Quill pens were the writing implement of choice before the invention of the metal-nibbed pen in the mid 19th Century. The wing feathers of large birds made excellent quill pens. The hollow interior of the feather helped hold ink in reserve, allowing the writer to dip into the ink less often. This quill is made from a turkey feather. People gathered the feathers during the turkey’s annual molt where turkeys shed the feathers naturally. People trimmed the feathers to a fine point- that rarely needed to be resharpened.
Charlotte Chicken represents the Leghorn breed, which is prized for its prolific egg laying. Carved by Gerry Holtzman and painted by Jill Irving, she represents the poultry farms of New York on the Empire State Carousel.
A Practical Treatise on Breeding, Rearing, and Fattening All Kinds of Domestic Poultry, by Bonington Moubray, esq. (John Lawrence). 8th Edition. London: Printed for Sherwood, Gilbert, and Piper, 1842.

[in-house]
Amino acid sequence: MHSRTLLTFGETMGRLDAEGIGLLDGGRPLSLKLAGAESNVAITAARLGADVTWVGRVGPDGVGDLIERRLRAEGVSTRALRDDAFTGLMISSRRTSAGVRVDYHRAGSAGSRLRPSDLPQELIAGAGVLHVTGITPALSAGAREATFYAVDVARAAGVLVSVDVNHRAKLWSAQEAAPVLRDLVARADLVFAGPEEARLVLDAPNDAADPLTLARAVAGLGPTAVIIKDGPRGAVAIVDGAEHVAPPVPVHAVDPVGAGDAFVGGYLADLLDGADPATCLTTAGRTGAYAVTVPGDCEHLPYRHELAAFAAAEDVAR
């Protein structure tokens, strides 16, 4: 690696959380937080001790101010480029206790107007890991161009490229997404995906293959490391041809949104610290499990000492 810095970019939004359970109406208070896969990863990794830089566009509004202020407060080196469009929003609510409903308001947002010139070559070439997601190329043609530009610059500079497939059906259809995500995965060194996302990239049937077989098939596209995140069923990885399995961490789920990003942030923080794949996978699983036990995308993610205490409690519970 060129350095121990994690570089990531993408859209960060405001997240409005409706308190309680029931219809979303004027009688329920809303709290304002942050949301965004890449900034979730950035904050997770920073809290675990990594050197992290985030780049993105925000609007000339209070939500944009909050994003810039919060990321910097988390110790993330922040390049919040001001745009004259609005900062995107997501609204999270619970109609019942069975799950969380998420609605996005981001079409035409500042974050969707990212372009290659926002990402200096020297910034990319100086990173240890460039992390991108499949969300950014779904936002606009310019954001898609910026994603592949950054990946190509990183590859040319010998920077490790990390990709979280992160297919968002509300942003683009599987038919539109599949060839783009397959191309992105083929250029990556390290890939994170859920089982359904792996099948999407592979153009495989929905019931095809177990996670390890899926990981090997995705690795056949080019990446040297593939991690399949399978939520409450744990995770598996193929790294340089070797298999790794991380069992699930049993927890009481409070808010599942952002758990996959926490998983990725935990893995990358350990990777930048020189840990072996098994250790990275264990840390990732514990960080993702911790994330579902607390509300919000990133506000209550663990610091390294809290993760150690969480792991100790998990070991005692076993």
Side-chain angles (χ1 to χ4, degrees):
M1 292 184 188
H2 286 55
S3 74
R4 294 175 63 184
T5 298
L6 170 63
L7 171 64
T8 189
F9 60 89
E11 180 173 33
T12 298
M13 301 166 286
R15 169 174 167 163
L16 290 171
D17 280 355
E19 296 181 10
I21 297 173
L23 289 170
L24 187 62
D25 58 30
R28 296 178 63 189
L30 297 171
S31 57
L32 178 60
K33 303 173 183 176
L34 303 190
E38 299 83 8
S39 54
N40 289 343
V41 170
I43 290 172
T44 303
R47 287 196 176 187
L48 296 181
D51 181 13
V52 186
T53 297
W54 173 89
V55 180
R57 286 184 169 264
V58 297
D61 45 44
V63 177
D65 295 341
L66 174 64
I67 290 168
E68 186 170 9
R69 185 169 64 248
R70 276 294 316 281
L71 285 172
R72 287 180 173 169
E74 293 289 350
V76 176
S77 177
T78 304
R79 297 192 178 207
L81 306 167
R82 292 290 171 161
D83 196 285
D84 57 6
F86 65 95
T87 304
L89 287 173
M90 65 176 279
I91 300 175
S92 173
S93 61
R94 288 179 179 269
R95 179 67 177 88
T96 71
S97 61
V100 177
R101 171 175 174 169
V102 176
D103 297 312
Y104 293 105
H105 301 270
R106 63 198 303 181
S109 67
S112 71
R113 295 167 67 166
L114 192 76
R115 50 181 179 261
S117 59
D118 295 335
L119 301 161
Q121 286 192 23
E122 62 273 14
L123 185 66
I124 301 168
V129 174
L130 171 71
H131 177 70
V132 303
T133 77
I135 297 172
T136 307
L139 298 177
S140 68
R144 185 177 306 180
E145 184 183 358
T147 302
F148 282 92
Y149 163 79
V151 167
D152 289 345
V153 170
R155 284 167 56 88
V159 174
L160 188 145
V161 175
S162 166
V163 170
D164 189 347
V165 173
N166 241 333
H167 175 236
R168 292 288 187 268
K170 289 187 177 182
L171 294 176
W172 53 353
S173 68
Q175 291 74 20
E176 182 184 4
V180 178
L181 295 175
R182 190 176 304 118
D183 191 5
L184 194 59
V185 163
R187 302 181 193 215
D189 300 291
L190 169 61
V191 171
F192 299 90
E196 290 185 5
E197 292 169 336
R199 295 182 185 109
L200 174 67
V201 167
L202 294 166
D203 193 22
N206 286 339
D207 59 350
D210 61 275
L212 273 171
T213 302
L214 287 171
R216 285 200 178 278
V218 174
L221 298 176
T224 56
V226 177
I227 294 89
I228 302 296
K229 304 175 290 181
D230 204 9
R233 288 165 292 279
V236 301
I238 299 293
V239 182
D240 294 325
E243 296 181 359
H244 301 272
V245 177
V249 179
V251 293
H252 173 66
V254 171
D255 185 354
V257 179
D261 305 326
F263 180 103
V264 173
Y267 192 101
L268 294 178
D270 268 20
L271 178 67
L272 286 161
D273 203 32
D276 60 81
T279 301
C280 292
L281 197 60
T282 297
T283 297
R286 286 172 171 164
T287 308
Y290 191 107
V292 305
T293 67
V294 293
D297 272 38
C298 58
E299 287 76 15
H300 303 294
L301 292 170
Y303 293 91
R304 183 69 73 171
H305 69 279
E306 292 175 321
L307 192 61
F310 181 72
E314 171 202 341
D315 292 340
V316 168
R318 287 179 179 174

Throughout the nineteenth century, many different guides were published for farmers about new methods of raising animals and crops. This one, printed in 1842, focuses on chickens and other types of poultry.
In the early nineteenth century, turnpikes, also known as toll roads, crossed New York State. These roads were much different than modern paved highways. They were little more than dirt roads. These roads gave farmers a route to bring their goods to market. Farmers, and other travelers, had to pay a toll to travel on the roads. The term “neat cattle” refers to cows, bulls, and oxen.
Sheep were often raised for their wool. In order to get the wool from the sheep, the farmer uses shears like these to carefully cut the wool fleece away from the sheep’s skin. The wool can then be washed, carded, and spun into yarn.
This ceramic prize cup was awarded to someone for his or her accomplishments in raising chickens, ducks, turkeys, or other birds. This cup was probably used as a prize at a county fair or agricultural exhibition.